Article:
Unless you've been living under a rock, you've likely seen how expensive makeup palettes have gotten.

Average price for a gorgeous palette used to be around $25, but those days are ancient. Brands like Anastasia, Urban Decay, and Huda Beauty are now cranking them out at $40 and up.

As beauty fans wonder why palettes are getting so expensive, their eyes are justifiably wandering to places making dupes that look eerily similar to big name brands — at a much sweeter price.

Jackie Aina gave online brand Shop Hush a try with their Retro Love palette — a $10 dupe of Anastasia Beverly Hill's Subculture palette ($42, Sephora). 

Like most beauty lovers, Aina was immediately smitten by a $10 price tag — and she could see why people would be quick to buy. 

"This is ten DAWLAZ though," she said. 

"That, in my opinion, is extremely tempting because, I mean, $10, even if it's popping or not. I would just buy it because it's pretty. I'm that person."

But just from looking at both palettes together, she already had an idea about how the $10 would pay off in the end. 

"I can already tell some of these darker matte colors are not going to be as dark and as rich as the Subculture palette from ABH," she said after looking closely at Retro Love.  

"Personally, that's what's going to make or break. I just feel like sometimes the budget-friendly palettes just don't have enough opacity. They swatch great, but when it comes down to the blend situation, that's when you really see who's in your corner and who's not."

WATCH: These are the BEST ways to get perfect red lipstick.

Subscribe to Revelist for an even more beautiful life!

So what exactly *is* the blending situation? Check out Jackie's use of the Hippie shade from Retro Love and Subculture's Destiny.

Jackie Aina was squealing over the Anastasia Beverly Hills pigmentation — but ultimately loved the color of Retro Love's Hippie shade better. 

"It's a little bit warmer. It's not as pigmented as the ABH color but it's also not as dusty as I thought it was gonna be. I'm pretty impressed."

But there's a problem with Retro Love's shades — one that Jackie Aina had an inconvenient remedy for:

The pretty color doesn't show up unless you DO THE MOST. 

"To get it to show, you have to really dig and dig and dig and dig," she said about the Retro Love shade. "You're wasting product." 

Check out how dusty the Retro Love pan looks after only Jackie's first time using the palette.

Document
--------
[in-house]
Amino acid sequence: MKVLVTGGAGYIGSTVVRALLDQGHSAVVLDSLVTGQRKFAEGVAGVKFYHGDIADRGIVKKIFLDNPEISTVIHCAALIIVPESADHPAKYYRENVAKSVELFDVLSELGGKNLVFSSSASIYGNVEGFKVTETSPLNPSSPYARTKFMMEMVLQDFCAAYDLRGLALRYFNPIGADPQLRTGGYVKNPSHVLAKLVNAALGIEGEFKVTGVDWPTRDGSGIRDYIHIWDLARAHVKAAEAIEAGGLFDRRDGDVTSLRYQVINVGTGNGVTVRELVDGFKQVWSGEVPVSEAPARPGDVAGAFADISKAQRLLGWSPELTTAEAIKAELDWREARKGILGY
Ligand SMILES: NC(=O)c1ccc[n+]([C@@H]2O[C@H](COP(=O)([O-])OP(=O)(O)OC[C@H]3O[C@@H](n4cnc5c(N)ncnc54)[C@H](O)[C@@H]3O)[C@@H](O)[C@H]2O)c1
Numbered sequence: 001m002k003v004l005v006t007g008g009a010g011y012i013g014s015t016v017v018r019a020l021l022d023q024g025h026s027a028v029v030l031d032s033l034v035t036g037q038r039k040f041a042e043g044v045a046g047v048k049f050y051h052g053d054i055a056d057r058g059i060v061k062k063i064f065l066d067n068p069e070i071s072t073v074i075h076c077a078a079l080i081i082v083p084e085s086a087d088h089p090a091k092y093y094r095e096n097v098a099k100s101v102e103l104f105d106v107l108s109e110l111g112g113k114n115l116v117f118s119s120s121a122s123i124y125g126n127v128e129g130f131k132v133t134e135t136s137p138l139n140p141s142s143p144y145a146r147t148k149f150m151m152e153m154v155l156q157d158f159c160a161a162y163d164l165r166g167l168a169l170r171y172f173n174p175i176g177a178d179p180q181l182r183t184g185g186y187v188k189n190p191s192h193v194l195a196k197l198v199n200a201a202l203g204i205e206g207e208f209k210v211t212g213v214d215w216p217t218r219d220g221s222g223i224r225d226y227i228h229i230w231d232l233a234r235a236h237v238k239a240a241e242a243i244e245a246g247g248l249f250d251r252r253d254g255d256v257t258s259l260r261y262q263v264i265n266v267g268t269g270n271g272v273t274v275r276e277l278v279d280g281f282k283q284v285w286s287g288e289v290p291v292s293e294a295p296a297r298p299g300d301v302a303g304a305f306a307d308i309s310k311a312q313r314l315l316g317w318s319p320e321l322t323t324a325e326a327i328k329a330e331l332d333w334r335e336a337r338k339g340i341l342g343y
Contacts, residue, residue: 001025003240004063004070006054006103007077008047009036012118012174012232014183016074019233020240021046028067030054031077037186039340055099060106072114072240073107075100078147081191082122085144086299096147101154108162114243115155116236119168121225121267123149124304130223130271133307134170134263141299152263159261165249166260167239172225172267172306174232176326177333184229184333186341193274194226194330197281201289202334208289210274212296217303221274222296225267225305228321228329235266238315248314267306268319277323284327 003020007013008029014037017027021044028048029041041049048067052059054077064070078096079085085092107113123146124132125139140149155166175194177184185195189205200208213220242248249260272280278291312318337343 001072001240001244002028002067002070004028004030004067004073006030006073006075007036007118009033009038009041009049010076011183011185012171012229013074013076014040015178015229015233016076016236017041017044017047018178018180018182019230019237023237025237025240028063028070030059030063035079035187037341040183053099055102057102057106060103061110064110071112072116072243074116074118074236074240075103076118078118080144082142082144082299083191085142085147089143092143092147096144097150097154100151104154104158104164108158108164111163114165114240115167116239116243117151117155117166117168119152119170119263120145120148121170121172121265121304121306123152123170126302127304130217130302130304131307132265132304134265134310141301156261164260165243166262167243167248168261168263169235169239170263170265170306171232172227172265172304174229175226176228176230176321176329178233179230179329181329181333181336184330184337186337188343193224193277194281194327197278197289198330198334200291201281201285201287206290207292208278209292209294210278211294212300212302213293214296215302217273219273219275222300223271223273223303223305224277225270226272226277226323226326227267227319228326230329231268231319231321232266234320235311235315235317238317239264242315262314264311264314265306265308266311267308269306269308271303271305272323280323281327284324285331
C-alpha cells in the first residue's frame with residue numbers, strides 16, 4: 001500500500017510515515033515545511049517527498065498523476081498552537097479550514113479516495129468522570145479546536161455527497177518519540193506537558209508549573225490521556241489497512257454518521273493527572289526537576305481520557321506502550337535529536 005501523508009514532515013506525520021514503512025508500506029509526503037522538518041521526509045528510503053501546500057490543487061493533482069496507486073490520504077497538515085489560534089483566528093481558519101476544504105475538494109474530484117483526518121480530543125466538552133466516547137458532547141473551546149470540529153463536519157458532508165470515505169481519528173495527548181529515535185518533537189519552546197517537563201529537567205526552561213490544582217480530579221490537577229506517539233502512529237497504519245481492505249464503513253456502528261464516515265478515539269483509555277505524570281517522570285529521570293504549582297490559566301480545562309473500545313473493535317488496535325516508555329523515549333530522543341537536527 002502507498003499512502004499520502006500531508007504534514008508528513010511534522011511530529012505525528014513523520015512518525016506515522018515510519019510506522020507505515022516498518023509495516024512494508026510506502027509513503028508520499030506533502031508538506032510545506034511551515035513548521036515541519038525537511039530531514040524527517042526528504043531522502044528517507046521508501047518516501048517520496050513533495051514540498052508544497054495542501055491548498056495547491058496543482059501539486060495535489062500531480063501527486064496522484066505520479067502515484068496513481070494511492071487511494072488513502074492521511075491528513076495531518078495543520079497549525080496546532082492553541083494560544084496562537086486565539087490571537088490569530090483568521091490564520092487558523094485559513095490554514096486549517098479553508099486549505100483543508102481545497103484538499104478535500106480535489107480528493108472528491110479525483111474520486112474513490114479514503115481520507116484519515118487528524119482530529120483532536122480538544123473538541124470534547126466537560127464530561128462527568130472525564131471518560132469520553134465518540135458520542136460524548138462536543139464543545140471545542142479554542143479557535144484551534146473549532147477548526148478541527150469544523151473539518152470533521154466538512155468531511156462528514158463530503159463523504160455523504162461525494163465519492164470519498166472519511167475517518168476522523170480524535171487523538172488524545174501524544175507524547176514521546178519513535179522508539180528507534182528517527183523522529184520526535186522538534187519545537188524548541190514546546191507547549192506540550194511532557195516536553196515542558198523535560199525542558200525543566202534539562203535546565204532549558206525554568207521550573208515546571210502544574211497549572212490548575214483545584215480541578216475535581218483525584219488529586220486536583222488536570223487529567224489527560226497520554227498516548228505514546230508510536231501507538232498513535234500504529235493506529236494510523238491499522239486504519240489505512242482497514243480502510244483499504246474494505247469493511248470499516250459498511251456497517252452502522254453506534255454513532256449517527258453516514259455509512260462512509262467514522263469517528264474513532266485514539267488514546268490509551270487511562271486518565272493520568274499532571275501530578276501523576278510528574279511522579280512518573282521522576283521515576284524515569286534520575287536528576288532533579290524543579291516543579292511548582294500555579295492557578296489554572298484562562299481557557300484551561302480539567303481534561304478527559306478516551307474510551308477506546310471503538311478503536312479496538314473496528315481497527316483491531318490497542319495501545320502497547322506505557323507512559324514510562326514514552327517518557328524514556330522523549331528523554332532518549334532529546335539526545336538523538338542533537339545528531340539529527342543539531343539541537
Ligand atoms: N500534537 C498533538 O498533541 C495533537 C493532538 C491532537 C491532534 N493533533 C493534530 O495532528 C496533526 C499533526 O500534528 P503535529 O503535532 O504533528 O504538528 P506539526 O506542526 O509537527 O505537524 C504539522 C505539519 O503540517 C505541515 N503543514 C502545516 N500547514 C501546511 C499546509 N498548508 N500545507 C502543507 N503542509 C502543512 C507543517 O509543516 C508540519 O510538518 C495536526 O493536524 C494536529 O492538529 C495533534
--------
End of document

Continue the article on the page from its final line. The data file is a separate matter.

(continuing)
Dusty! 

Subculture was initially dragged for the fallout disaster in its first round of palettes. Anastasia Beverly Hills corrected those palettes by fixing the powdery formula — meanwhile, the cheaper Retro Love palette's final formula still has Subculture's old flaw. 

Jackie Aina also noticed the Retro Love shade faded just in the short amount of time she spent blending her crease. 

The top part of her eye clearly looks like a lighter shade of green than the part of her eye just above the halo section she created. 

Damn!

Meanwhile, her Anastasia Beverly Hills side blended like a dream.

Full matte, baby!

After adding a golden shade to her halo center, check out how both eyes look.

"There's definitely a noticiable difference," she said. "The Anastasia side definitely has more of the pigment. It's more opaque. The shimmer in the [Retro Love] side faded a little bit and that was only after two hours." 

This is Jackie's final look — with a matte tear duct added. 

Jackie noted that adding the matte shade from the Retro Love palette to her right eye was a more difficult blending process than the Anastasia shade on her left. 

You can also see that while both eyes look pretty — the Anastasia side is a touch more bold. 

Jackie also admitted that both palettes had some fallout when applying the shadows, but she preferred the Subculture palette's final look because of the bold color.

Jackie Aina also had another reason for choosing Subculture: Dupes are "weird" to her and seem a little unfair to creative makeup brands. 

"It really bugs me, these brands who make knock-offs of other companies," she said. 

"I know the first thing people are going to say is 'well, not everybody can afford it,' and I absolutely agree. But look at what e.l.f. is doing. Look at what NYX is doing. Their stuff is affordable. Their stuff is pretty good.They're not duping products. They're just making their own dope stuff that other companies could dupe themselves." 

"There's just something annoying about a knock-off," she continued. "It's a little cheesy to me. It's a little weird."

To Jackie Aina's point — Anastasia Beverly Hill's president Claudia Soare has opened up about how annoying and hurtful duped products can be. 

Soare was hurt and beyond pissed when she found out pictures of Anastasia Beverly Hills' new Soft Glam palette was leaked on the internet. 

Not only was the palette a tribute to her mother Anastastia Soare and her love for neutral, bridal makeup — but the leaked images made the brand vulnerable to *more* dupes. 

"I don’t think I shared a big reason as to why we don’t leak products far in advance. It gives counterfeiters a running start," Claudia wrote on Twitter.

It must really suck to spend time creating something that is a tribute to your mother as well as an exciting release for fans — just to have your creation leaked, copied, and potentially sold.

Jackie Aina also has another point: If you have to dig to the bottom of your pan on the first use of the palette, the product is going to be used up in record time. So...

You may have to buy the $10 Retro Love palette a couple of times before you have to replace Anastasia Beverly Hill's Subculture palette once.

Watch Jackie Aina's full review of Shop Hush's Subculture dupe down below.

Moral of the story: Buy (and blend) makeup wisely!